Therefore, the company would only deal with the Irish tax authorities for both the corporate tax return filing and payment of tax.

Will the HOT system be optional?

It is proposed that the HOT system will be optional for SMEs. However, once adopted by a company, the HOT rules will generally apply to all of its permanent establishments for a period of five fiscal years.

Current status of this proposal?

Members of the European Parliament adopted a resolution which is generally supportive of the HOT proposal on 10 April 2024. They have proposed some amendments including extending the scope of the Directive to cover situations where SMEs operate in other Member States with up to two subsidiaries. They also recommend that transposition of the proposed Directive should be required by 1 January 2025.


Specific concerns have been raised with the EU Commission by a number of Member States. These include that permanent establishments operating in the same Member State could be taxed differently, depending on where their respective head offices are located. This might lead to tax planning opportunities, with deliberate relocations of head offices towards countries with the most favourable corporate tax regimes. In addition, the exclusion of SMEs who are part of a corporate group has also raised concerns that the proposal would benefit only a small number of SMEs.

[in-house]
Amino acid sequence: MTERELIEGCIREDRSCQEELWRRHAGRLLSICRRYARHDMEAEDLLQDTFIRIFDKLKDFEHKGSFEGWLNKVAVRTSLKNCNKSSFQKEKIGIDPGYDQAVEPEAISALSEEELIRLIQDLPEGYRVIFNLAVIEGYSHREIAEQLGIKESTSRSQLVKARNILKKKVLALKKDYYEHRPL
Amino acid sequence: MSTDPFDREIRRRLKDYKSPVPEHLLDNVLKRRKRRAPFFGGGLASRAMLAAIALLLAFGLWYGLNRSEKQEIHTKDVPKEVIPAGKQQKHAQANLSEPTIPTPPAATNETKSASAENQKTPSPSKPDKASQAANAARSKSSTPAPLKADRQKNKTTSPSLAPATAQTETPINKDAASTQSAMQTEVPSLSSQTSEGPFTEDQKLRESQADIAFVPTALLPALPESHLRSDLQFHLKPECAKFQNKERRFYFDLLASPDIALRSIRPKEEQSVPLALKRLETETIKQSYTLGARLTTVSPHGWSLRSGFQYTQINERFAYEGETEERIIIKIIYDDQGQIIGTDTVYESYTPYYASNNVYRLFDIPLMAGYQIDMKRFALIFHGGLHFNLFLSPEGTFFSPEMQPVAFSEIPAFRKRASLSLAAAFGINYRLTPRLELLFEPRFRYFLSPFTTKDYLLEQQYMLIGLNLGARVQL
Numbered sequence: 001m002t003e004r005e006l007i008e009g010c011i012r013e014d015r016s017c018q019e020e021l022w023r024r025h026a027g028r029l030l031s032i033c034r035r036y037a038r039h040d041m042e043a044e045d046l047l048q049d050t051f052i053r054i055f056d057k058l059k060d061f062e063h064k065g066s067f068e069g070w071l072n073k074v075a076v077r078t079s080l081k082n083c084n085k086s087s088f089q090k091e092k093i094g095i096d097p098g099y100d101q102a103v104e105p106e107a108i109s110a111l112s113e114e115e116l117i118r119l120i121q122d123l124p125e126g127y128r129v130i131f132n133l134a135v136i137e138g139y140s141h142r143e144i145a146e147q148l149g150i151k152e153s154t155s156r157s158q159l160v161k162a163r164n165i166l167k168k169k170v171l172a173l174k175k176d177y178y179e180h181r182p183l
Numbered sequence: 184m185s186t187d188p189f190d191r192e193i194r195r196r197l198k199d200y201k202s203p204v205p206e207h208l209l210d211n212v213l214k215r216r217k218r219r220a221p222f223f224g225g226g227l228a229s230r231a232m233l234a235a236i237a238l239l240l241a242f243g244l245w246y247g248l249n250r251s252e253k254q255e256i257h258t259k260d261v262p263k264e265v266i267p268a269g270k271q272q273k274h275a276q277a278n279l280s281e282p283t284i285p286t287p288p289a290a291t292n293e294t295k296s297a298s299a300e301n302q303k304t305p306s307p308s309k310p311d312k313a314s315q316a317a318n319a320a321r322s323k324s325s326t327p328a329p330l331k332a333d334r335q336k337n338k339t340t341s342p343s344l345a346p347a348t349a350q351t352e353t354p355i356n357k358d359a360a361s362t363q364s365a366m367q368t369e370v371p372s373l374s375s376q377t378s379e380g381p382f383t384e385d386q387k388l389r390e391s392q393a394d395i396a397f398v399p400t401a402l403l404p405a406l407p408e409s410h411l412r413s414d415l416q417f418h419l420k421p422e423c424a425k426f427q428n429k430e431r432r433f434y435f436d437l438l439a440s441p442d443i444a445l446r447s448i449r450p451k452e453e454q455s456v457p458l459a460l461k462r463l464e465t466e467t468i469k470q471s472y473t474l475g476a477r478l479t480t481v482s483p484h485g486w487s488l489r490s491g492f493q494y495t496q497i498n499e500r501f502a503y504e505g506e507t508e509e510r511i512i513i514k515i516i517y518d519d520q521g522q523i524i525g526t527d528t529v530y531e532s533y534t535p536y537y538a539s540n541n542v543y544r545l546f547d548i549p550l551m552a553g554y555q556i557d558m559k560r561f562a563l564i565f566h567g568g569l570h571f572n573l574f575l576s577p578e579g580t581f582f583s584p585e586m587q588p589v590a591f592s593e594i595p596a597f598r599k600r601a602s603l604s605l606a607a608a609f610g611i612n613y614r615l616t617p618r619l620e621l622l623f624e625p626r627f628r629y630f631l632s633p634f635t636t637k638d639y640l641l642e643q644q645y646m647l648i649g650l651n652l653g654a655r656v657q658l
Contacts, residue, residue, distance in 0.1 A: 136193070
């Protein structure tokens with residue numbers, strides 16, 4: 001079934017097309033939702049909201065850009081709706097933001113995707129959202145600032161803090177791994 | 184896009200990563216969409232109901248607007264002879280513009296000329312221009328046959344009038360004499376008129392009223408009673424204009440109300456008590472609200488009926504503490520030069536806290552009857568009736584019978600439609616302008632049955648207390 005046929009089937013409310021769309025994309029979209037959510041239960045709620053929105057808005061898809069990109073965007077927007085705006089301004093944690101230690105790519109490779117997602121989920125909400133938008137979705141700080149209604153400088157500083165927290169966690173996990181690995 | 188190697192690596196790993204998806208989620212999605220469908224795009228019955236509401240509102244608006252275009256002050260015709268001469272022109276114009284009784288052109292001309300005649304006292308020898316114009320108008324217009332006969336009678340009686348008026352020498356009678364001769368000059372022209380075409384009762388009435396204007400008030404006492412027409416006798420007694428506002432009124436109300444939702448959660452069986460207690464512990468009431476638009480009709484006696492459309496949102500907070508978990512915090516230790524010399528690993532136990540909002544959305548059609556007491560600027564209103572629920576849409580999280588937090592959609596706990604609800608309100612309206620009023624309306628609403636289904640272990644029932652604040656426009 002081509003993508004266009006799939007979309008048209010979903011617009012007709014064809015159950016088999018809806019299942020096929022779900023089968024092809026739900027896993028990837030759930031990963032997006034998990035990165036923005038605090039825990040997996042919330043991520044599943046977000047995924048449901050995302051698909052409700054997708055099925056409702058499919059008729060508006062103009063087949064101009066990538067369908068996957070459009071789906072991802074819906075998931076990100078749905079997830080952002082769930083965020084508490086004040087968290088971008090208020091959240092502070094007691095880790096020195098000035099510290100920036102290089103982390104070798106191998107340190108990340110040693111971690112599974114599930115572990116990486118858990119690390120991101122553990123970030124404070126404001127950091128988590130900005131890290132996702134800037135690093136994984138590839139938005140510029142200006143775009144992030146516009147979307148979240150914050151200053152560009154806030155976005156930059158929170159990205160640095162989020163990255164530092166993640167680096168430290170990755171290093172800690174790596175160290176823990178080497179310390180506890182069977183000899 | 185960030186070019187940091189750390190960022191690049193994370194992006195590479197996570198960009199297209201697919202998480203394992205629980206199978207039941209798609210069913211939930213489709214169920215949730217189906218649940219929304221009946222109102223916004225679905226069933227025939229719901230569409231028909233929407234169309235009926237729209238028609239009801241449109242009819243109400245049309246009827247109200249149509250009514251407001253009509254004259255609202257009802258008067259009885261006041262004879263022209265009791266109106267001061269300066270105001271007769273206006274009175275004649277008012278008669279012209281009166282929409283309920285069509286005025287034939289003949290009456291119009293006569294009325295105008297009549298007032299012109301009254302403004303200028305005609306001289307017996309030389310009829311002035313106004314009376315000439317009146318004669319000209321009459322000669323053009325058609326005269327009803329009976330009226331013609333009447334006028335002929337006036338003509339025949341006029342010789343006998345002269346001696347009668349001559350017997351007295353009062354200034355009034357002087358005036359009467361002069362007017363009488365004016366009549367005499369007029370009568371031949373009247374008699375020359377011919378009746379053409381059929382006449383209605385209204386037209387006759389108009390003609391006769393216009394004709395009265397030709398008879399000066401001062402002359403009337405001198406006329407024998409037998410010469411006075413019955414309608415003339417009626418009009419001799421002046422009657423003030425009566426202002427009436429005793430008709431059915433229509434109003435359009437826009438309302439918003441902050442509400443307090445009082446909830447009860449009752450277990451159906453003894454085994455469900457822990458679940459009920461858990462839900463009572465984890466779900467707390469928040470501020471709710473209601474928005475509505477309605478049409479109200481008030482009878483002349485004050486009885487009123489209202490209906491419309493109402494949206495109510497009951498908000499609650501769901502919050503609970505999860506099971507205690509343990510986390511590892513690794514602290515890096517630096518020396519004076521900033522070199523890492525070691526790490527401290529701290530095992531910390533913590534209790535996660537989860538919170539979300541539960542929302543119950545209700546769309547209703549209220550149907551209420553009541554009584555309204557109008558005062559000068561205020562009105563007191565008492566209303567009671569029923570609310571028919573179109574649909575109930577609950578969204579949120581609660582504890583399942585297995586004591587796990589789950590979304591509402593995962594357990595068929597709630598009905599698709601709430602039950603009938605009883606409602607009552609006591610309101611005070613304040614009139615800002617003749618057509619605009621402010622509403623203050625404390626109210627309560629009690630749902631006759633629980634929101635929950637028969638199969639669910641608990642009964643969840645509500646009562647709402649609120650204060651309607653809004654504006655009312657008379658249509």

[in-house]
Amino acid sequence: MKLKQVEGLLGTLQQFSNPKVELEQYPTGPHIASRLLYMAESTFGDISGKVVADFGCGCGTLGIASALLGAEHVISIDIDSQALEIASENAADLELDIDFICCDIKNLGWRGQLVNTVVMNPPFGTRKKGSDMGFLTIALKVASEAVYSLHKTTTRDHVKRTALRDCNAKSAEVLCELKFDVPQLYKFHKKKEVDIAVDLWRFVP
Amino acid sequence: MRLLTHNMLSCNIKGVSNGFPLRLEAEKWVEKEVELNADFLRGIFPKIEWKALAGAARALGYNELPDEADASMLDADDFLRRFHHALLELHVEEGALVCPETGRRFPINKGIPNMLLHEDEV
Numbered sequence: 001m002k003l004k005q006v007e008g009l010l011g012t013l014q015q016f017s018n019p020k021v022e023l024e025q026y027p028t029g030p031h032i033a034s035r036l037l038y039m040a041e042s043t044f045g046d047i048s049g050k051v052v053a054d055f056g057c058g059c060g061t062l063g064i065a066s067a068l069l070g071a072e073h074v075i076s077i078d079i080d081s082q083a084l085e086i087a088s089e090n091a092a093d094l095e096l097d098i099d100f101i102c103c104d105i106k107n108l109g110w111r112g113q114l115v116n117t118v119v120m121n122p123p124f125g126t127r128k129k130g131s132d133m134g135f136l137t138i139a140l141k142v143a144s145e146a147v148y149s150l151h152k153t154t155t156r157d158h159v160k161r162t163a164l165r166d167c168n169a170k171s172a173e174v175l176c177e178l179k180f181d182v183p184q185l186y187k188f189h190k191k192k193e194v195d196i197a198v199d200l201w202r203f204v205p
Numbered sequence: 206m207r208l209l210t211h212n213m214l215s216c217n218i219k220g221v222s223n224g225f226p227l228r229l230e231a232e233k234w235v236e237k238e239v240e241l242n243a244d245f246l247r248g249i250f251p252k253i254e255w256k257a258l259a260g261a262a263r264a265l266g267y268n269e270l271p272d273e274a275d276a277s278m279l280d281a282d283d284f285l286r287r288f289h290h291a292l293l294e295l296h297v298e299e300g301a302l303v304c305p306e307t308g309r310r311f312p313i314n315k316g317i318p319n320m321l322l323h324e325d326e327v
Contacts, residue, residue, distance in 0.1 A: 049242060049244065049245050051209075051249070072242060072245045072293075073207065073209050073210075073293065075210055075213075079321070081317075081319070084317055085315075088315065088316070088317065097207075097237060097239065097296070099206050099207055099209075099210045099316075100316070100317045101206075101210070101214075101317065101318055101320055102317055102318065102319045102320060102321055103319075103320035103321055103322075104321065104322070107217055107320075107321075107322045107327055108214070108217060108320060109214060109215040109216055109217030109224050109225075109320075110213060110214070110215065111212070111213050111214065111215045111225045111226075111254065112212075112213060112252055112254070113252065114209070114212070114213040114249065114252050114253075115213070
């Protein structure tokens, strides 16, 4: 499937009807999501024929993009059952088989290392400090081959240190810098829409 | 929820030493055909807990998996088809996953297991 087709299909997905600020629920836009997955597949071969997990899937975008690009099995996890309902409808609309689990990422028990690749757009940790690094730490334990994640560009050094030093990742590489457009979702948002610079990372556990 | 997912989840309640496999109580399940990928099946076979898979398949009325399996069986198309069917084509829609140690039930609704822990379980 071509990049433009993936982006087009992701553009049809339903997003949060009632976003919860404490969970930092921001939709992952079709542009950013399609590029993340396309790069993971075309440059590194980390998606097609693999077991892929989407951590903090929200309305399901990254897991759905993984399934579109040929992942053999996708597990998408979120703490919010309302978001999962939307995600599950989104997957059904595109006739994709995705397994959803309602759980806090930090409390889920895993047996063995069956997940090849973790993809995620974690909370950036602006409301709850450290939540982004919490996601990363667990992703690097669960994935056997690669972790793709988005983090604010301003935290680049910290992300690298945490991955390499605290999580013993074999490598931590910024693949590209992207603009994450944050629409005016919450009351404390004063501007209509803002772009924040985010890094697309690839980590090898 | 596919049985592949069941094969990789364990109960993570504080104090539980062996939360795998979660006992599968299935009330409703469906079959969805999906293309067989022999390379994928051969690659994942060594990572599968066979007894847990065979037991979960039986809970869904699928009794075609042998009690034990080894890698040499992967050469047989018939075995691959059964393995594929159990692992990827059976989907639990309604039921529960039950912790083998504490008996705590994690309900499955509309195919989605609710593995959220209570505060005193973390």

We recommend that life sciences SMEs with permanent establishments in other EU Member States monitor developments in relation to this proposal over the coming months. If implemented, the HOT proposal may be an attractive option for SMEs that are within the scope of this new system. This is because it will reduce complexity for them in dealing with corporate tax compliance for their EU branches. However, the key to the success of the system is likely to be dependent on the possible widening of the scope to include companies that have subsidiaries, so that a greater number of companies can benefit from the system.